Low turnout sets stage for big election
It's now on to the main event.
Tuesday's state primary produced no upsets. But there were a couple of surprises, among them former Stamford Mayor Dan Malloy's large margin of victory over Ned Lamont in the Democratic race for governor, 58 percent to 42 percent. Mr. Malloy had trailed in the polls since winning the convention in May, but by the eve of the primary he had closed to within the statistical margin of error.
Still, no one, including Mr. Malloy, apparently saw such a big victory coming. Core Democrats, including public labor unions, were apparently more comfortable with the experienced mayor than the businessman, Mr. Lamont.
Four years ago Mr. Lamont, in taking on Sen. Joe Lieberman on an anti-Iraq war platform, inspired many in his party. No such inspiration was apparent in this campaign. In the end, to try to save his political skin, Mr. Lamont went extremely and unfairly negative against his opponent, suggesting he was letting handlers make the calls and not acting true to his own ideals.
After outspending his opponent 4-to-1, about $9 million in all, and still losing, this could mark the end of Mr. Lamont's political aspirations.
While Mr. Malloy rides momentum into the general election, the Republican winner in the governor's race, Tom Foley, barely hung on, squeezing out a narrow victory over Lt. Gov. Michael Fedele after being far ahead in the polls just a few weeks ago.
The Day endorsed both Mr. Malloy and Mr. Foley, and this should be a good contest. The Democrat says he's serious about cutting government spending, but without adversely affecting services to those most in need and while investing in education. Mr. Malloy must explain how he can do all these things.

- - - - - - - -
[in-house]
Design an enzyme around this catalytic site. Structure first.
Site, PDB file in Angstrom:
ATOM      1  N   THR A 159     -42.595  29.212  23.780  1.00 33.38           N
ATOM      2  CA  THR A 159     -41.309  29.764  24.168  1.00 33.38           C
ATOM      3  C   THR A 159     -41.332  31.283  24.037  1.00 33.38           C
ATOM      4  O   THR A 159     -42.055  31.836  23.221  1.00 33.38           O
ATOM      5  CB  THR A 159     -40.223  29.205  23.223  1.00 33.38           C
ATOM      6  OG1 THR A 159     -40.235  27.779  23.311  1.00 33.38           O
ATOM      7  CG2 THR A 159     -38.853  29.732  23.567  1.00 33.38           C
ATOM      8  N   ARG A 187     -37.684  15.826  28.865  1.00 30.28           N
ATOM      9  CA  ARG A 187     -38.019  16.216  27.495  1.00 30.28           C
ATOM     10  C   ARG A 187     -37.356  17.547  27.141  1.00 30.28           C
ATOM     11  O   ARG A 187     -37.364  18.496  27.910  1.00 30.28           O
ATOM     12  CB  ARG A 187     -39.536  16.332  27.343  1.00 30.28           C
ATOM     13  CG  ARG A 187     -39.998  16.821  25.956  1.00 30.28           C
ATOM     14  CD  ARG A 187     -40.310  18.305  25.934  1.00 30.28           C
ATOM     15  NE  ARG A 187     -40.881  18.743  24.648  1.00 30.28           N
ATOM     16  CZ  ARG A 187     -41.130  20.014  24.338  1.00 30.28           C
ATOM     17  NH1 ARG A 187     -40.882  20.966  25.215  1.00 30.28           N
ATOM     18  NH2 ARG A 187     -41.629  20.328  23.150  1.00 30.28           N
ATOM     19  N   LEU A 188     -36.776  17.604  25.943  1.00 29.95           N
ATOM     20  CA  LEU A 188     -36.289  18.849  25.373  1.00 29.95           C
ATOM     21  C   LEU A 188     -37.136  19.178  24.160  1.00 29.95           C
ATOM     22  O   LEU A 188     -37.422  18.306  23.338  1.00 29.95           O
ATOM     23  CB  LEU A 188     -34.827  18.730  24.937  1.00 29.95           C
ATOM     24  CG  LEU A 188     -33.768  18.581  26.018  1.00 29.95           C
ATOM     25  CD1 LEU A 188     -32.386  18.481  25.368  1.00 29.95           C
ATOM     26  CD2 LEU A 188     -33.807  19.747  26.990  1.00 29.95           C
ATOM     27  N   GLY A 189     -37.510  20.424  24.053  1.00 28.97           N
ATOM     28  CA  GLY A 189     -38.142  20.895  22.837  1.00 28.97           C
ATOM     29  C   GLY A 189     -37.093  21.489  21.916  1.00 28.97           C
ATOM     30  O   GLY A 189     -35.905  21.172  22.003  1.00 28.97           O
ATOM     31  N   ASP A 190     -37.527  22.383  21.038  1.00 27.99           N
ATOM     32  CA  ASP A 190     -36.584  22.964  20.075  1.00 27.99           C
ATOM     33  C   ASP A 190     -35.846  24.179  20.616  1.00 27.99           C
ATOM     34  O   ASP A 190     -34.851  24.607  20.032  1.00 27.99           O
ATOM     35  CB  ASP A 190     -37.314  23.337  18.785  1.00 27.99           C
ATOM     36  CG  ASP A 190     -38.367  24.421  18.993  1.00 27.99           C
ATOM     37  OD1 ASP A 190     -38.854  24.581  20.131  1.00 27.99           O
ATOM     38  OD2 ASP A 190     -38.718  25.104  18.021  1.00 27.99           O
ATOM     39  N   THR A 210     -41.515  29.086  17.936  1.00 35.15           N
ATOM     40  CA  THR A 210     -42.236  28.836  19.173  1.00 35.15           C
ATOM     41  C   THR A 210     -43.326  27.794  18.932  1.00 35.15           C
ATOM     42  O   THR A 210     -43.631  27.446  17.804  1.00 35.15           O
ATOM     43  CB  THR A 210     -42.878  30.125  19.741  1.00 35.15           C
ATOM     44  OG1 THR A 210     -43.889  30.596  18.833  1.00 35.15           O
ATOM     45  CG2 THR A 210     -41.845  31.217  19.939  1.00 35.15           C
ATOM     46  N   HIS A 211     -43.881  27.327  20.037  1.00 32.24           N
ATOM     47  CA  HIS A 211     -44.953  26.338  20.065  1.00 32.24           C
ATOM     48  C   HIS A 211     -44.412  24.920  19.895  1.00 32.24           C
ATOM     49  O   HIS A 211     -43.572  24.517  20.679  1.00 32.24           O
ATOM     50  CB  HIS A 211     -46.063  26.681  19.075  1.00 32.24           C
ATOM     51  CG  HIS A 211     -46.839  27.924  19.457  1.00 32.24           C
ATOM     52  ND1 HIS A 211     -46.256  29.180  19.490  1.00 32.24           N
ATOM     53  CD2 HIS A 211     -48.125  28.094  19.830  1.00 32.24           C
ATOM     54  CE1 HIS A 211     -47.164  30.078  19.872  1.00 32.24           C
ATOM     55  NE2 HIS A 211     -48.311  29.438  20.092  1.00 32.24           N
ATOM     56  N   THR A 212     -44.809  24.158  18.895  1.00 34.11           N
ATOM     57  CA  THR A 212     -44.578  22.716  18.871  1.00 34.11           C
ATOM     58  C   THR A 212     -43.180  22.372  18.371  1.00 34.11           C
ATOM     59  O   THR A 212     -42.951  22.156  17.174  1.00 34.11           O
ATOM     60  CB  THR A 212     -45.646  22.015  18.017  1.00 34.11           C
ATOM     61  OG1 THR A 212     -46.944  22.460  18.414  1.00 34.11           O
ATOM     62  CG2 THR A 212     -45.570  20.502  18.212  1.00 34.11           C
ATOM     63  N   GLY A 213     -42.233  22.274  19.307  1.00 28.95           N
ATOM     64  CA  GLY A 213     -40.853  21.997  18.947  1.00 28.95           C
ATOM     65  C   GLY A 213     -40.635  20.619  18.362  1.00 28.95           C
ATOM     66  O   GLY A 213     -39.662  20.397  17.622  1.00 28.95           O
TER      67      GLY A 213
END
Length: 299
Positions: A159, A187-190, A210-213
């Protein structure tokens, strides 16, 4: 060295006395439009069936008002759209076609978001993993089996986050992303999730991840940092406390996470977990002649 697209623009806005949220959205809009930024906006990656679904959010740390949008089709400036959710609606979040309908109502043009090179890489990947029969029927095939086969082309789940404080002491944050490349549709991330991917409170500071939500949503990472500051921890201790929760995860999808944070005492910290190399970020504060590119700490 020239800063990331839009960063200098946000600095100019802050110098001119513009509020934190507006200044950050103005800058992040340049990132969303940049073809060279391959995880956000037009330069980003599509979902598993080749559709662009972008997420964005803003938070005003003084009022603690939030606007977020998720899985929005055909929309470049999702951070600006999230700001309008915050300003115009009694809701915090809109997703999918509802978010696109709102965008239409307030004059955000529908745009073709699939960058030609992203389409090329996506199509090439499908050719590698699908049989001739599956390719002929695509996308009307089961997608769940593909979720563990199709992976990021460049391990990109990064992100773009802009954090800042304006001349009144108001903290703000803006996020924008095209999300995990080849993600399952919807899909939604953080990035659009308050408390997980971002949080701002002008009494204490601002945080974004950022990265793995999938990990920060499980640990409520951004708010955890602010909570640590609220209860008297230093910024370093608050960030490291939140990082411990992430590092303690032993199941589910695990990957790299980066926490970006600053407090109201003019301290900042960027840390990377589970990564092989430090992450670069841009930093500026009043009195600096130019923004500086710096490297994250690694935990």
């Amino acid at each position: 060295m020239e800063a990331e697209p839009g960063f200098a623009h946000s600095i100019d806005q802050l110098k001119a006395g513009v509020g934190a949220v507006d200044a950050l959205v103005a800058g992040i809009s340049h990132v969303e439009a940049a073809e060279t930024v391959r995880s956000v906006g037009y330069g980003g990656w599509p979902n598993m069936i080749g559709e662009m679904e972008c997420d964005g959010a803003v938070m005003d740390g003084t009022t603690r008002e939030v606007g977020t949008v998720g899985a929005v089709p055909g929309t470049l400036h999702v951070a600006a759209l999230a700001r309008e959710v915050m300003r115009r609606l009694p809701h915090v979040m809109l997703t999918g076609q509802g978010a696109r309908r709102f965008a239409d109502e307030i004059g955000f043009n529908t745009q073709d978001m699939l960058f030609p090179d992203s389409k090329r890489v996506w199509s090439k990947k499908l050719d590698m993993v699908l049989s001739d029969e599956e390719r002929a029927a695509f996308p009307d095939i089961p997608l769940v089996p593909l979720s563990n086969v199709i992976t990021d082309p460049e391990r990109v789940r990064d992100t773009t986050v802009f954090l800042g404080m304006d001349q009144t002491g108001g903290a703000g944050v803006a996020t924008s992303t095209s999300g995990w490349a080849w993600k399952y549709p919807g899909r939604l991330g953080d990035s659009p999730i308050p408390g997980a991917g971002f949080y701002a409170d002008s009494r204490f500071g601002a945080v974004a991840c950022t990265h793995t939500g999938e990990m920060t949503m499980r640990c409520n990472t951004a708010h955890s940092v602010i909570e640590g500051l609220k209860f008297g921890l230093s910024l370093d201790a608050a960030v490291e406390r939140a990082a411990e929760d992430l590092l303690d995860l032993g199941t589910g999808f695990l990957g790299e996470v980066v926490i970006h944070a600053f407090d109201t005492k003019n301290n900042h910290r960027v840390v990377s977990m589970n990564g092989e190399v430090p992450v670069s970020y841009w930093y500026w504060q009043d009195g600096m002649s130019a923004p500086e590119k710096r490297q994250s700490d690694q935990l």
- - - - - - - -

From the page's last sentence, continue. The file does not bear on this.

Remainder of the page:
For his part, Mr. Foley's contention that he can close a $3.5 billion budget gap without some new tax revenues is not credible. On the other hand, voters may consider this pragmatic businessman to be just the guy to slash state spending.
In the race to fill the seat of retiring Sen. Christopher J. Dodd, we fear things will be very ugly. Political outsider Linda McMahon won Tuesday's GOP primary handily and will face Attorney General Richard Blumenthal, the Democratic nominee. Ms. McMahon is ready to spend upwards of $30 million of her fortune, accumulated as former CEO of the WWE wrestling empire, to bring down her opponent's approval ratings.
Expect to hear plenty about those video clips of Mr. Blumenthal embellishing his Vietnam-era military record. And look for Ms. McMahon to depict Mr. Blumenthal as anti-business, rather than consumer crusader.
Meanwhile, the Blumenthal campaign will remind voters that Ms. McMahon accumulated her wealth in an industry that has denigrated women and individuals with special needs, exploited wrestlers and has a history of steroid abuse.
We'd urge the candidates to stick to the issues, but would probably have more luck asking the sun not to set.
Most disappointing was Tuesday's turnout; about 25 percent of eligible Democrats and Republicans voted. While Aug. 10 is a lousy time for an election and negative campaigning may have turned off voters, the lack of participation is still distressing and inexcusable. Everyone seemingly complains about the economy and the state budget crisis, but few could bother to vote.
Citizens need to pay attention and participate, because elections have consequences.
The Day editorial board meets regularly with political, business and community leaders and convenes weekly to formulate editorial viewpoints. It is composed of President and Publisher Tim Dwyer, Editorial Page Editor Paul Choiniere, retired Day editor Lisa McGinley, Managing Editor Tim Cotter and Staff Writer Julia Bergman. However, only the publisher and editorial page editor are responsible for developing the editorial opinions. The board operates independently from the Day newsroom.
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